City Paper is not for tourists
Gene Kelly was a master of the American movie musical, suave and joyous and able to make expressing oneself through song and dance seem effortlessly cool. The roles he created in films like Singin’ in the Rain and An American in Paris were so iconic that for decades, writers and producers hesitated to adapt them for the stage. A Broadway production of Singin’ in the Rain ran for less than a year in 1985 and 1986, but Christopher Wheeldon’s 2015 staging of An American in Paris fared better because it acknowledged how important dance was to the story. Like the film, the musical follows the exploits of Jerry Mulligan, an American soldier who, after the liberation of France in World War II, decides to pursue a painting career and a romance with an intriguing beauty in Paris. With songs by George and Ira Gershwin (whose music can also be heard in Signature Theatre’s Crazy for You), the musical, coming to the Kennedy Center’s lush Opera House, brings with it a touch of old Hollywood glitz and glamour. Read more>>> The musical runs Dec. 12 to Jan. 7 at the Kennedy Center Opera House, 2700 F St. NW. $59–$175. (202) 467-4600. kennedy-center.org. (Caroline Jones)
The first D.C. location of Wawa opened this morning on 19th Street NW. Swing by for free coffee today and discounted hoagies ($2.99 for a shortie). If you’re at a loss at what to order, trust this Philly native and get an Italian hoagie. While you wait in line, you’re welcome to debate which convenience store-meets-deli is better, Wawa or Sheetz. Wawa, 1111 19th St. NW, wawa.com. (Laura Hayes)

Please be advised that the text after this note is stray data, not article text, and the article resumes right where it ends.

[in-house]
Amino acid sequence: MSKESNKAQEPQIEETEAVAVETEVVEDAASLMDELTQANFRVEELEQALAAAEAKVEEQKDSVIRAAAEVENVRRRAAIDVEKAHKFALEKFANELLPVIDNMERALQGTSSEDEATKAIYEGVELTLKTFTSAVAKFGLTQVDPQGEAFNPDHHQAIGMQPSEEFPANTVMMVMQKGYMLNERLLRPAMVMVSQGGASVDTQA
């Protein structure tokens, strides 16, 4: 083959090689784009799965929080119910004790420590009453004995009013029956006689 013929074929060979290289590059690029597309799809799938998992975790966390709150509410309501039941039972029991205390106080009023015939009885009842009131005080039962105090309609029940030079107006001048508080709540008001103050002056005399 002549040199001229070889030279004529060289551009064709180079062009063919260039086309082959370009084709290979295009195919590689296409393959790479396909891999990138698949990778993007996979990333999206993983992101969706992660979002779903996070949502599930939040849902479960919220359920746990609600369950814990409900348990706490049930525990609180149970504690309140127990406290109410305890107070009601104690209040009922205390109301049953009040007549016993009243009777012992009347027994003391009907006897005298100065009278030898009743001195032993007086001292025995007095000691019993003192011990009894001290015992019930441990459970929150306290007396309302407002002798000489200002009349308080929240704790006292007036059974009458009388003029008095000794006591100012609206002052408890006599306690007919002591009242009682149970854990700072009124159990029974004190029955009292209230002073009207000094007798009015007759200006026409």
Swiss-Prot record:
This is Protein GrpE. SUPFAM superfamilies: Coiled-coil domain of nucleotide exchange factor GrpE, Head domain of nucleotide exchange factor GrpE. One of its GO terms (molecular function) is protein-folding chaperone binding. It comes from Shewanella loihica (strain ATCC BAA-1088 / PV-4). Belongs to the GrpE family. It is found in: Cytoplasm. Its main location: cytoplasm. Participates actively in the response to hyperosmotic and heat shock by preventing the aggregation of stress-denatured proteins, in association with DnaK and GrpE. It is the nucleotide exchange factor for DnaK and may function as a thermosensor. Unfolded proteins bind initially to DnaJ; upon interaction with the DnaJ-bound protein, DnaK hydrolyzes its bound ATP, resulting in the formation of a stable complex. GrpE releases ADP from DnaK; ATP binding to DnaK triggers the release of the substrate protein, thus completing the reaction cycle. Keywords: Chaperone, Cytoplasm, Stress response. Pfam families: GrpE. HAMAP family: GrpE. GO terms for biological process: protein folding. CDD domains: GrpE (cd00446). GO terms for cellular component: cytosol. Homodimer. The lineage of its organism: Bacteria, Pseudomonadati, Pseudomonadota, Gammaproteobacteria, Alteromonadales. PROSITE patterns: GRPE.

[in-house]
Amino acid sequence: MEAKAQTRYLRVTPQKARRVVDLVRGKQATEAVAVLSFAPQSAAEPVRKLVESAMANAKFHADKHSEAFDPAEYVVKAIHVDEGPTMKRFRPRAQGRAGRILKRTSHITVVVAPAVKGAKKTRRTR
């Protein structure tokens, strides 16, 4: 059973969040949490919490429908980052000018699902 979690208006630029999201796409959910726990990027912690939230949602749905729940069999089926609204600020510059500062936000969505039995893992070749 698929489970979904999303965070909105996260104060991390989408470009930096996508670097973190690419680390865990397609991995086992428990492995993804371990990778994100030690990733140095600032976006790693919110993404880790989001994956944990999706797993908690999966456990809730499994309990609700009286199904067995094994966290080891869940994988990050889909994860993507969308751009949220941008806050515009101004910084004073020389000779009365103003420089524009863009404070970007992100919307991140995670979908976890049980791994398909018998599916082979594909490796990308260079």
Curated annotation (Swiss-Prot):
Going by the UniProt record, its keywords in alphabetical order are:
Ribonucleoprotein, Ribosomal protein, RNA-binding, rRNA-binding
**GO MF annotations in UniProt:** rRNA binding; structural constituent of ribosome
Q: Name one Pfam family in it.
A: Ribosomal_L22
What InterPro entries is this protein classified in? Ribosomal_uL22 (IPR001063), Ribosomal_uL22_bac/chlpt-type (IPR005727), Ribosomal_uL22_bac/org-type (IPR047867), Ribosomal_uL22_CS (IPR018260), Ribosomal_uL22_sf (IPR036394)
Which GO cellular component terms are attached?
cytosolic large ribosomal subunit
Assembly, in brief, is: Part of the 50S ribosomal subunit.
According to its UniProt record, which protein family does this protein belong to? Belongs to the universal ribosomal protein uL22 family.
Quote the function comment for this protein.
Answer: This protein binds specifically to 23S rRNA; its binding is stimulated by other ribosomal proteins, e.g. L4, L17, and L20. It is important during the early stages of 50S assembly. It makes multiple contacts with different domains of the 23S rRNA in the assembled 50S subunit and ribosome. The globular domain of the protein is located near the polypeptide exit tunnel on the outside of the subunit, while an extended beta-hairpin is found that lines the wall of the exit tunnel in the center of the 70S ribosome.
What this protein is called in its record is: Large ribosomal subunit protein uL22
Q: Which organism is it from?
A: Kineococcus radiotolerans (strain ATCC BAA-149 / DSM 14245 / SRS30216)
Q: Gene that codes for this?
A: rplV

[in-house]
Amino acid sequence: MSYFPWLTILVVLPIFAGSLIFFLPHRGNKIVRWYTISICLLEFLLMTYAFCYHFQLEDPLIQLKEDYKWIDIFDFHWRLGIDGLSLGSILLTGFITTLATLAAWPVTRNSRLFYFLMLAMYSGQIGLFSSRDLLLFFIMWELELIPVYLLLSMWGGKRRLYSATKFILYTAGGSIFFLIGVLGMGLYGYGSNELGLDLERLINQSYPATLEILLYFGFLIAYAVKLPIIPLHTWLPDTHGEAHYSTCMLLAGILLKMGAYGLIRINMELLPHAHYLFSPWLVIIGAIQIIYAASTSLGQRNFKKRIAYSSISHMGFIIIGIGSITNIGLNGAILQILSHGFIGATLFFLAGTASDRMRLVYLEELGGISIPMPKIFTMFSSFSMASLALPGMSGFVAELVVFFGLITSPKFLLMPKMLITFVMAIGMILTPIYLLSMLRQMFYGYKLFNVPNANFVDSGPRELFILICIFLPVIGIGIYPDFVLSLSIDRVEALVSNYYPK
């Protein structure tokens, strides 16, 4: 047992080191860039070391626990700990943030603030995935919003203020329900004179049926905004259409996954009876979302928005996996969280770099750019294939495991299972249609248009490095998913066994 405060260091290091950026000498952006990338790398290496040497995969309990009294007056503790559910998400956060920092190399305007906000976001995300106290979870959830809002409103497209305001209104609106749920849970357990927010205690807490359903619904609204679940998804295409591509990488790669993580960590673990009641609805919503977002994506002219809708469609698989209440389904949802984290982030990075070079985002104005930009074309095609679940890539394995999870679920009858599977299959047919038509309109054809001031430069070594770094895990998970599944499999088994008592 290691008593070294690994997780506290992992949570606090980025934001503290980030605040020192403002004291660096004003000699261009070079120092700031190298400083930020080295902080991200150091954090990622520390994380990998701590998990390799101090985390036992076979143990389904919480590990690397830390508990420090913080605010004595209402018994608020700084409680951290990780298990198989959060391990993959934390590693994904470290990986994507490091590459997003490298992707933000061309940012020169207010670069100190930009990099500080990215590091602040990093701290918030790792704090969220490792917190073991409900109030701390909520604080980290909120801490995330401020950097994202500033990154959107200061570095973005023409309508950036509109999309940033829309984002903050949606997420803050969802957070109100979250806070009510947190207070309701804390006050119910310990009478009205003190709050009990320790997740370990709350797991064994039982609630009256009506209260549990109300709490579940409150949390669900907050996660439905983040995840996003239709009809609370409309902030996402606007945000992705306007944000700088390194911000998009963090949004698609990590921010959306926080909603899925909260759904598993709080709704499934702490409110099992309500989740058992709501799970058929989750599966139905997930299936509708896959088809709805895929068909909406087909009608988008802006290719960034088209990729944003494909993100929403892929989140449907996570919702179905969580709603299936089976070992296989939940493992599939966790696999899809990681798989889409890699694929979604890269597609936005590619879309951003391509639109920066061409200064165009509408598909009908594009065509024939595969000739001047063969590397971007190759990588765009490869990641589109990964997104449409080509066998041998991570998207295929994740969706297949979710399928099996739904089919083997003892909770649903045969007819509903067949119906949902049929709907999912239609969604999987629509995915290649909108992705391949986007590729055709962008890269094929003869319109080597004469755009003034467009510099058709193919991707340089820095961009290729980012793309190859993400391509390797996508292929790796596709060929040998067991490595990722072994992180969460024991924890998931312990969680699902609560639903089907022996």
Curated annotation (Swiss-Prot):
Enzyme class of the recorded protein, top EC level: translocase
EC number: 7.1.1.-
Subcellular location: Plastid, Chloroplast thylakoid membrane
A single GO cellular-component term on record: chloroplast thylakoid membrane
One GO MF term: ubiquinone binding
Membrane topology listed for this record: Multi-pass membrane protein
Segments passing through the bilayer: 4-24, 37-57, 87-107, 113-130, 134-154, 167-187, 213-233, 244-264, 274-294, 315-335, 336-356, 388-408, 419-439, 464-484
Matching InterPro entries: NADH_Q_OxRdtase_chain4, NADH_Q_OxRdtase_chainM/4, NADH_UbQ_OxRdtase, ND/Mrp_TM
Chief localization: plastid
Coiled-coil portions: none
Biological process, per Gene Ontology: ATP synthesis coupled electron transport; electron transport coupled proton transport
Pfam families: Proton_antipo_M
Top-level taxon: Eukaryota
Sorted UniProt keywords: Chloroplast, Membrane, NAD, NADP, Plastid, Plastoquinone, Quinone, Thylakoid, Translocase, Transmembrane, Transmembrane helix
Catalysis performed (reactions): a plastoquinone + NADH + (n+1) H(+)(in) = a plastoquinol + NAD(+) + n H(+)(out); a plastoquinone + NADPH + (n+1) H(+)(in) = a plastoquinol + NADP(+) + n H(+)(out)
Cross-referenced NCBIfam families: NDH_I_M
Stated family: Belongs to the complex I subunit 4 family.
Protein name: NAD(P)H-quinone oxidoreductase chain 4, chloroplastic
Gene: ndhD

OH AND ALSO
A selection of the 60 best international wildlife photos of 2017 are on display at the Nature’s Best Photography Windland Smith Rice International Awards exhibit at the National Museum of Natural History. 10 a.m. to 5:30 p.m. at 10th Street and Constitution Avenue NW. Free.
Sixth & I Historic Synagogue presents Alone & Together, a series in which singer-songwriters perform covers of each other’s songs and play their own, featuring Elvis Perkins, Joe Russo, Eric D. Johnson, Sam Cohen, and Josh Kaufman. 8 p.m. at 600 I St. NW. $40.
Jazz vocalist and pianist Freddy Cole, brother of legendary singer Nat King Cole, performs at Blues Alley. 8 p.m. at 1073 Wisconsin Ave. NW. $30–$35.
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